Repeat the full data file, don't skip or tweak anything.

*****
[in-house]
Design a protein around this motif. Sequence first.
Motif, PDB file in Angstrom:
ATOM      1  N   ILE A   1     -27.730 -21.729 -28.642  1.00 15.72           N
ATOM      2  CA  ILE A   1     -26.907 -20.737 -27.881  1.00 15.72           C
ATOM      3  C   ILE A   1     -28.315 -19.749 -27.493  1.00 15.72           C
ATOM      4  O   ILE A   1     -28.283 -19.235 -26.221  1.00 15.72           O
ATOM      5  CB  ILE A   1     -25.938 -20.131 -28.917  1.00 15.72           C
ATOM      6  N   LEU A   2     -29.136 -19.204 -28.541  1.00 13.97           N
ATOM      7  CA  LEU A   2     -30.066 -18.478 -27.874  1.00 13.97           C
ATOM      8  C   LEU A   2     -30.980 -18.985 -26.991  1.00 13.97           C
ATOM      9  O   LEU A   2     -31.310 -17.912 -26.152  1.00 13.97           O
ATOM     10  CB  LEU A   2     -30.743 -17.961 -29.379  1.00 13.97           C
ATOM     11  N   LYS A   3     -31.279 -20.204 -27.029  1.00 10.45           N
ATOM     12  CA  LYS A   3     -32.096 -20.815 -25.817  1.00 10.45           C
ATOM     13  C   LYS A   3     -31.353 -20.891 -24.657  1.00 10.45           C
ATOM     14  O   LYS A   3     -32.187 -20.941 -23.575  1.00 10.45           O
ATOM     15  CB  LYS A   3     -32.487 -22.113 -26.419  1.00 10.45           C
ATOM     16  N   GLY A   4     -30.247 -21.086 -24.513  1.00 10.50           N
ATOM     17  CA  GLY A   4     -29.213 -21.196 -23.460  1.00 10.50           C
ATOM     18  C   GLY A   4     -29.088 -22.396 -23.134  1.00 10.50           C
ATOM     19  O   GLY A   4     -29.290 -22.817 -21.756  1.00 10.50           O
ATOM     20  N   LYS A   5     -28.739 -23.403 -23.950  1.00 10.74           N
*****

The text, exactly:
[in-house]
Design a protein around this motif. Sequence first.
Motif, PDB file in Angstrom:
ATOM      1  N   ILE A   1     -27.730 -21.729 -28.642  1.00 15.72           N
ATOM      2  CA  ILE A   1     -26.907 -20.737 -27.881  1.00 15.72           C
ATOM      3  C   ILE A   1     -28.315 -19.749 -27.493  1.00 15.72           C
ATOM      4  O   ILE A   1     -28.283 -19.235 -26.221  1.00 15.72           O
ATOM      5  CB  ILE A   1     -25.938 -20.131 -28.917  1.00 15.72           C
ATOM      6  N   LEU A   2     -29.136 -19.204 -28.541  1.00 13.97           N
ATOM      7  CA  LEU A   2     -30.066 -18.478 -27.874  1.00 13.97           C
ATOM      8  C   LEU A   2     -30.980 -18.985 -26.991  1.00 13.97           C
ATOM      9  O   LEU A   2     -31.310 -17.912 -26.152  1.00 13.97           O
ATOM     10  CB  LEU A   2     -30.743 -17.961 -29.379  1.00 13.97           C
ATOM     11  N   LYS A   3     -31.279 -20.204 -27.029  1.00 10.45           N
ATOM     12  CA  LYS A   3     -32.096 -20.815 -25.817  1.00 10.45           C
ATOM     13  C   LYS A   3     -31.353 -20.891 -24.657  1.00 10.45           C
ATOM     14  O   LYS A   3     -32.187 -20.941 -23.575  1.00 10.45           O
ATOM     15  CB  LYS A   3     -32.487 -22.113 -26.419  1.00 10.45           C
ATOM     16  N   GLY A   4     -30.247 -21.086 -24.513  1.00 10.50           N
ATOM     17  CA  GLY A   4     -29.213 -21.196 -23.460  1.00 10.50           C
ATOM     18  C   GLY A   4     -29.088 -22.396 -23.134  1.00 10.50           C
ATOM     19  O   GLY A   4     -29.290 -22.817 -21.756  1.00 10.50           O
ATOM     20  N   LYS A   5     -28.739 -23.403 -23.950  1.00 10.74           N